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https://www.readbyqxmd.com/read/29668986/hits-clip-in-various-brain-areas-reveals-new-targets-and-new-modalities-of-rna-binding-by-fragile-x-mental-retardation-protein
#1
Thomas Maurin, Kevin Lebrigand, Sara Castagnola, Agnès Paquet, Marielle Jarjat, Alexandra Popa, Mauro Grossi, Florence Rage, Barbara Bardoni
Fragile X syndrome (FXS), the most common form of inherited intellectual disability, is due to the functional deficiency of the fragile X mental retardation protein (FMRP), an RNA-binding protein involved in translational regulation of many messenger RNAs, playing key roles in synaptic morphology and plasticity. To date, no effective treatment for FXS is available. We searched for FMRP targets by HITS-CLIP during early development of multiple mouse brain regions (hippocampus, cortex and cerebellum) at a time of brain development when FMRP is most highly expressed and synaptogenesis reaches a peak...
April 14, 2018: Nucleic Acids Research
https://www.readbyqxmd.com/read/29667473/harnessing-neuroplasticity-modern-approaches-and-clinical-future
#2
Andrew Octavian Sasmita, Joshua Kuruvilla, Anna Pick Kiong Ling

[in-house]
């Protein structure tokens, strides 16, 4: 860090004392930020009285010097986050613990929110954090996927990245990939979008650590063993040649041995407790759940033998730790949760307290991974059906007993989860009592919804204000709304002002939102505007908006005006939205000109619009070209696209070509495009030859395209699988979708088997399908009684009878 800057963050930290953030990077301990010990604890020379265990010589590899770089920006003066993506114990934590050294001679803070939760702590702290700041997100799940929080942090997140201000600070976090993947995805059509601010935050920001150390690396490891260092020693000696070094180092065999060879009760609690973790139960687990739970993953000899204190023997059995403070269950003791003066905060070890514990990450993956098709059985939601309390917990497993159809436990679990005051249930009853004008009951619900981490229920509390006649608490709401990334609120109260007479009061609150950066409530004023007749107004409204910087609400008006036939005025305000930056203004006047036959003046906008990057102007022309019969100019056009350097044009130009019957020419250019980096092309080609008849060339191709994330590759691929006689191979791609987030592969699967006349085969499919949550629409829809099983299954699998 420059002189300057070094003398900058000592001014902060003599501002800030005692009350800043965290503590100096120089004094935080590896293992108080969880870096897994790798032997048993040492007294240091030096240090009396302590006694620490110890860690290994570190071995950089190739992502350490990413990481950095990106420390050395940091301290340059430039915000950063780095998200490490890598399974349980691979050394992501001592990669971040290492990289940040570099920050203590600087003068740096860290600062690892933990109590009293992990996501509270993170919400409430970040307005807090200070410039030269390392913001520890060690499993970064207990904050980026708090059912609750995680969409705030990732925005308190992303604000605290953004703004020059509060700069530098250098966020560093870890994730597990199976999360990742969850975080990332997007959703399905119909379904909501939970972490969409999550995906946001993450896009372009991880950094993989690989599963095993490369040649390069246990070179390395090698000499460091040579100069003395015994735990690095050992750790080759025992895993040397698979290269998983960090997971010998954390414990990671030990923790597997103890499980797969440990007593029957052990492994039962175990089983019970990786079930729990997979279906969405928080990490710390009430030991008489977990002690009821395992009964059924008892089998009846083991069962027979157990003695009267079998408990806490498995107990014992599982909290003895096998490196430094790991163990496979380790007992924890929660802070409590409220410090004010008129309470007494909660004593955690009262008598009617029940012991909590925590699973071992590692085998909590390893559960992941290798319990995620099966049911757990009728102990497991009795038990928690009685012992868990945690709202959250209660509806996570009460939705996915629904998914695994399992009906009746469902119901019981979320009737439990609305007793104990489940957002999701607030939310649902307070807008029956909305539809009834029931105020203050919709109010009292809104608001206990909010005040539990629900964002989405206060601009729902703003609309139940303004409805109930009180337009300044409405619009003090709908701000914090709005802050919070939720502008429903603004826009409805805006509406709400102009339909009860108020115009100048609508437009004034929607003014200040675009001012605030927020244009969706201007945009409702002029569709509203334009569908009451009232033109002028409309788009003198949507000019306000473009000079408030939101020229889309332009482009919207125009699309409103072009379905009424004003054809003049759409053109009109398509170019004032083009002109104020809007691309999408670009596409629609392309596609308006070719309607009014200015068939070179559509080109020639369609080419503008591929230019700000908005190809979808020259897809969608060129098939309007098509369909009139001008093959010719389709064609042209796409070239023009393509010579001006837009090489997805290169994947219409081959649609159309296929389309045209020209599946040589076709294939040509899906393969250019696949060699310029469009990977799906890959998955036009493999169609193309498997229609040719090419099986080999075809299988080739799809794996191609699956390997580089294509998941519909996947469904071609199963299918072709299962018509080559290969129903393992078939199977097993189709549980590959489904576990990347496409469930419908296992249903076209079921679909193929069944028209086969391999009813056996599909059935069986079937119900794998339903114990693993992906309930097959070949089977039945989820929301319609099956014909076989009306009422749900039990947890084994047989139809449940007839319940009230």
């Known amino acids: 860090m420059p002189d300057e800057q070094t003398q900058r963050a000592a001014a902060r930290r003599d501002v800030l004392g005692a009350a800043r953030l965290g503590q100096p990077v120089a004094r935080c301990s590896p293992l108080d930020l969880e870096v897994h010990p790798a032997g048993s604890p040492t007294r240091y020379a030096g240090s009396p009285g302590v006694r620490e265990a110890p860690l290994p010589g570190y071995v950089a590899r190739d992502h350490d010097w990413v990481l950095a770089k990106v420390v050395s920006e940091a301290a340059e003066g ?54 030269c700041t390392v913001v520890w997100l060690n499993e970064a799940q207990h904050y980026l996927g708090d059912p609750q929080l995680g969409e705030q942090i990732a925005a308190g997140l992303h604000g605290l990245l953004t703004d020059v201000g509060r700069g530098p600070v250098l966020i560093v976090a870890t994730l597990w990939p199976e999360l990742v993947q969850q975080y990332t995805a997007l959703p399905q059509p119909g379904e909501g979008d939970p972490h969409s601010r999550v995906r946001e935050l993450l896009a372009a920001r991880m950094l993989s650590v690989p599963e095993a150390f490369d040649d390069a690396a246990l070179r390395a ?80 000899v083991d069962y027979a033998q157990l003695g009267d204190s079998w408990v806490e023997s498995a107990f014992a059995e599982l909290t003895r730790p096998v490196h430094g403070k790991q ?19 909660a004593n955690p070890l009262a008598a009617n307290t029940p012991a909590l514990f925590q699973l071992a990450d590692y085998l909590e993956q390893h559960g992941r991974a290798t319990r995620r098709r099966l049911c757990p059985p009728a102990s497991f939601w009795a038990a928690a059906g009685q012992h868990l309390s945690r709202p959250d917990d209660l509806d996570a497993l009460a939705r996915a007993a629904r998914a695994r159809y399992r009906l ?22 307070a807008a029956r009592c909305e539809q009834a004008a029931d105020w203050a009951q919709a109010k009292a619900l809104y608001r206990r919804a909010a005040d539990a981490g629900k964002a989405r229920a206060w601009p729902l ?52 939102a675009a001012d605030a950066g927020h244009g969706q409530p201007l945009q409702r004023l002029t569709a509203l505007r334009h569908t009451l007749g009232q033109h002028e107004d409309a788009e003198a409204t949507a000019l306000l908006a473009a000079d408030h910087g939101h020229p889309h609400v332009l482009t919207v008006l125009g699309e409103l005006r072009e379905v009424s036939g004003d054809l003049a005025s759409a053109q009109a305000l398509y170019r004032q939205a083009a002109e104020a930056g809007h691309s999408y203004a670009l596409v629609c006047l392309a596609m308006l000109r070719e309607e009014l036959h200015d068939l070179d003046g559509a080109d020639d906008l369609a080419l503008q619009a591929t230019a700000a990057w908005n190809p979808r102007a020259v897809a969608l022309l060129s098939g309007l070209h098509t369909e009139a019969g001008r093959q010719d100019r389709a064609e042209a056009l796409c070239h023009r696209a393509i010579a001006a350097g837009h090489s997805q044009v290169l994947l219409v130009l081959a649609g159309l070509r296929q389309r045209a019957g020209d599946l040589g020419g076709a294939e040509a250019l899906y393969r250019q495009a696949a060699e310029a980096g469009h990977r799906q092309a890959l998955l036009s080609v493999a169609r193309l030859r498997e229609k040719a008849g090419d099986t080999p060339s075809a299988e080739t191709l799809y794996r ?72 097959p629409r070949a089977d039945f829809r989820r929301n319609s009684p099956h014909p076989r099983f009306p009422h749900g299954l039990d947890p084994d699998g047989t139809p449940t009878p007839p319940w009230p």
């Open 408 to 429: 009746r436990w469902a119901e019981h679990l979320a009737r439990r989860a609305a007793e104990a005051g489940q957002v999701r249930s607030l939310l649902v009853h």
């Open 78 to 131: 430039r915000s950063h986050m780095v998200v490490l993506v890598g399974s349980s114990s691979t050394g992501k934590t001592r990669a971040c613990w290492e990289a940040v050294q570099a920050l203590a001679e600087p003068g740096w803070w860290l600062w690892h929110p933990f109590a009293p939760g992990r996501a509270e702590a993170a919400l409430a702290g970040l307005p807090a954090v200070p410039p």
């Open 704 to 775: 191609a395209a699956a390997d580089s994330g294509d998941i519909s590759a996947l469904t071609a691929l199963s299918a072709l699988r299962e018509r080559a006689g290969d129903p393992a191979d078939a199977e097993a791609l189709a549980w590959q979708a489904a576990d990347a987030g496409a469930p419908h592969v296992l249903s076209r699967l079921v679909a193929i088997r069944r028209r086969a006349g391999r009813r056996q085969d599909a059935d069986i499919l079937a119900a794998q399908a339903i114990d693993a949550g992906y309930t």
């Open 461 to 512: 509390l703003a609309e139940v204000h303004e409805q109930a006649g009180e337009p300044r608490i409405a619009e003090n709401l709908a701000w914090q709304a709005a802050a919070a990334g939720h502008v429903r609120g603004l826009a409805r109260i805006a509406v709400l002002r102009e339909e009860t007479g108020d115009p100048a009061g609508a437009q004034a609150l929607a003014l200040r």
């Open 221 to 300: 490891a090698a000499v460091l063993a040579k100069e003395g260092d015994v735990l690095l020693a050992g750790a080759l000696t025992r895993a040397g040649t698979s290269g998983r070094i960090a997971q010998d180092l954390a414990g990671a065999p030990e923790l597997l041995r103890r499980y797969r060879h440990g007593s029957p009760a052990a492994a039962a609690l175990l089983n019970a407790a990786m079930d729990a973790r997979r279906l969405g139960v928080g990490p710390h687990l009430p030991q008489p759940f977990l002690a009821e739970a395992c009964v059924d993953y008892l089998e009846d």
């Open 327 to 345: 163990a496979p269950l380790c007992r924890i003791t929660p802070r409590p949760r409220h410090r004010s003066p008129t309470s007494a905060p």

Neurological diseases and injuries to the nervous system may cause inadvertent damage to neuronal and synaptic structures. Such phenomenon would catastrophically accumulate, leading to the development of neurological and neurodegenerative disorders which might affect memory, cognition, and motoric functions. The body has various negative feedback systems which are able to induce beneficial neuroplastic changes in mediating some neuronal damage, however, such efforts are often not enough to ameliorate the derogatory changes...
April 18, 2018: International Journal of Neuroscience
https://www.readbyqxmd.com/read/29626487/testing-for-developmental-neurotoxicity-using-a-battery-of-in-vitro-assays-for-key-cellular-events-in-neurodevelopment
#3
Joshua A Harrill, Theresa Freudenrich, Kathleen Wallace, Kenneth Ball, Timothy J Shafer, William R Mundy
Medium- to high-throughput in vitro assays that recapitulate the critical processes of nervous system development have been proposed as a means to facilitate rapid testing and identification of chemicals which may affect brain development. In vivo neurodevelopment is a complex progression of distinct cellular processes. Therefore, batteries of in vitro assays that model and quantify effects on a variety of neurodevelopmental processes have the potential to identify chemicals which may affect brain development at different developmental stages...
April 4, 2018: Toxicology and Applied Pharmacology
https://www.readbyqxmd.com/read/29619741/expression-of-mir-145-and-its-target-proteins-are-regulated-by-mir-29b-in-differentiated-neurons
#4
Abhishek Jauhari, Tanisha Singh, Sanjay Yadav